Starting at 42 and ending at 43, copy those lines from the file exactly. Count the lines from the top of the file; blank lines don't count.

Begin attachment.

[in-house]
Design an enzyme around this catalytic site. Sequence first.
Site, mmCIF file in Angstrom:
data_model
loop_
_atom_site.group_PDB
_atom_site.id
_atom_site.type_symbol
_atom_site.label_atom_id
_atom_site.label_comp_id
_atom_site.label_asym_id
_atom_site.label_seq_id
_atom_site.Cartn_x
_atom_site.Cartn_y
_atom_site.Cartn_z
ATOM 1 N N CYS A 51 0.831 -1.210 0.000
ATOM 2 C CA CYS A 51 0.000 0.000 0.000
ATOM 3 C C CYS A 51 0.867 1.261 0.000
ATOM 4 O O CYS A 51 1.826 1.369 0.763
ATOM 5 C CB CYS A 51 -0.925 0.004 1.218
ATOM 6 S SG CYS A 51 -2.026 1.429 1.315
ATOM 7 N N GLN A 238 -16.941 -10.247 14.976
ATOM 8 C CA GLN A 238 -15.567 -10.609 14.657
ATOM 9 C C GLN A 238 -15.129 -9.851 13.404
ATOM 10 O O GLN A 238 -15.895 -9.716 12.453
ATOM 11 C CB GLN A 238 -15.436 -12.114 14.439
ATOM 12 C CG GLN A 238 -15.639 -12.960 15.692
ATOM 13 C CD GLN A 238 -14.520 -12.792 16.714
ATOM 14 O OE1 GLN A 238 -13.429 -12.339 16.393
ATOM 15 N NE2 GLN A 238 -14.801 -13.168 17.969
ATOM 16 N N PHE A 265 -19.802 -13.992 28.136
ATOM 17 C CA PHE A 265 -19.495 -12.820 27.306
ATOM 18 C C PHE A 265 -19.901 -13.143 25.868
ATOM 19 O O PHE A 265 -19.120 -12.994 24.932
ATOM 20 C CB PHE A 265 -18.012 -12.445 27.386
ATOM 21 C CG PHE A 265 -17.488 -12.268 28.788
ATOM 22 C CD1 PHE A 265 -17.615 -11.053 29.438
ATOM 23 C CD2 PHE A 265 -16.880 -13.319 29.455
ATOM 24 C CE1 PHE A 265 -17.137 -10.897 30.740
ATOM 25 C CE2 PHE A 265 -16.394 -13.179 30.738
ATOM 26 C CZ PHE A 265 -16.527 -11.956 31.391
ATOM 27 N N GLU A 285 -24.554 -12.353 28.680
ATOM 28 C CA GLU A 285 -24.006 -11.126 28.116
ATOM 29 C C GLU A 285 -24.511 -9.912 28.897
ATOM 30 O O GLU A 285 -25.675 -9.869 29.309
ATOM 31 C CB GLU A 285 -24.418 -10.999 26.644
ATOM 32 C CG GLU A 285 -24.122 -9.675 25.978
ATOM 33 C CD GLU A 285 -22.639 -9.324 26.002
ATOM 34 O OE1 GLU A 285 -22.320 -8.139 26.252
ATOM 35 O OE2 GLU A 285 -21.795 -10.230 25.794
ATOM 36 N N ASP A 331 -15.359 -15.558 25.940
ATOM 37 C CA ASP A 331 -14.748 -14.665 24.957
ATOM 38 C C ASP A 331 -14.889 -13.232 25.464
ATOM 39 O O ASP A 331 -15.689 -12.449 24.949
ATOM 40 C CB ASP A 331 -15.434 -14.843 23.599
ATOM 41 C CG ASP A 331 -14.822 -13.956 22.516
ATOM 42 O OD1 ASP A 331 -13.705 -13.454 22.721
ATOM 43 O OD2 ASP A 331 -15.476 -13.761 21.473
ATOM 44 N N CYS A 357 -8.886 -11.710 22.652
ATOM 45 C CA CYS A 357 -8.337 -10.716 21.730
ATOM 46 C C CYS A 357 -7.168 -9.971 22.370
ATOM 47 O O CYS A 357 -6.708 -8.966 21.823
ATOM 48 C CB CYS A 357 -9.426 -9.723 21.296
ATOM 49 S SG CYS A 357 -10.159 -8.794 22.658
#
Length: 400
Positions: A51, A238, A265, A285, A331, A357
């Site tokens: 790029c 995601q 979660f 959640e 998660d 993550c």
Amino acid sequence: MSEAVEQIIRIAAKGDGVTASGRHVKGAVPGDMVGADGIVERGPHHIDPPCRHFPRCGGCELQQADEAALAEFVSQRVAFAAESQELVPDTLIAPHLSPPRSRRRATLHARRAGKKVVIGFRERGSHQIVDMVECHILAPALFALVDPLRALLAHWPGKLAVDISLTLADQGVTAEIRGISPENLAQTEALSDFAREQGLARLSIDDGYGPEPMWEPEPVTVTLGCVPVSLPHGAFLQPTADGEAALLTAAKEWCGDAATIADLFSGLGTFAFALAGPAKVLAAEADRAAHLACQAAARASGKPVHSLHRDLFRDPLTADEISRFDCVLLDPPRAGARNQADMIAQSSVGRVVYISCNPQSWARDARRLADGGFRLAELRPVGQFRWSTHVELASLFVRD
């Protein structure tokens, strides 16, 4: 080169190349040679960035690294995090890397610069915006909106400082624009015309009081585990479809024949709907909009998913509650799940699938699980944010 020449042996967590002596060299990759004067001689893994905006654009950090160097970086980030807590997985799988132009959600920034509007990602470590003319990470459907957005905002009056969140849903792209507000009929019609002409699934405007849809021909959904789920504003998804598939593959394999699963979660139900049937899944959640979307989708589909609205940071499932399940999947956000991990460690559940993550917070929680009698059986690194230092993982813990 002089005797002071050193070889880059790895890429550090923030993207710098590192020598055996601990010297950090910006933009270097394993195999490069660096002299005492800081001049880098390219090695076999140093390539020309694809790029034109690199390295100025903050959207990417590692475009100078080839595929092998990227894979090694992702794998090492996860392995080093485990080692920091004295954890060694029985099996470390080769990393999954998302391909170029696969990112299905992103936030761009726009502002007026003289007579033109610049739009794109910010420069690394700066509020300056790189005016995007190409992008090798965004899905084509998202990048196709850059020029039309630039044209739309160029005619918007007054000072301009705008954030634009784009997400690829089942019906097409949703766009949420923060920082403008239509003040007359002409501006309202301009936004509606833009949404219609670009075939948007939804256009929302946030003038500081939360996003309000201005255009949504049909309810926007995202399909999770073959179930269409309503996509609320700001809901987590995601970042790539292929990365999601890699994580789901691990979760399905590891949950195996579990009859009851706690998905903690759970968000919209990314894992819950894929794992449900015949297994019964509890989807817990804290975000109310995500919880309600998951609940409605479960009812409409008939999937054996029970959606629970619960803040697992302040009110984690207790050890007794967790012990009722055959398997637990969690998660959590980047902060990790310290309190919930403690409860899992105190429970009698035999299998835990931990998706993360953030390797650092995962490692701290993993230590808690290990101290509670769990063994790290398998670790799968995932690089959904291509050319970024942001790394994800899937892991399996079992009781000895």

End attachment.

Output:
ATOM 27 N N GLU A 285 -24.554 -12.353 28.680
ATOM 28 C CA GLU A 285 -24.006 -11.126 28.116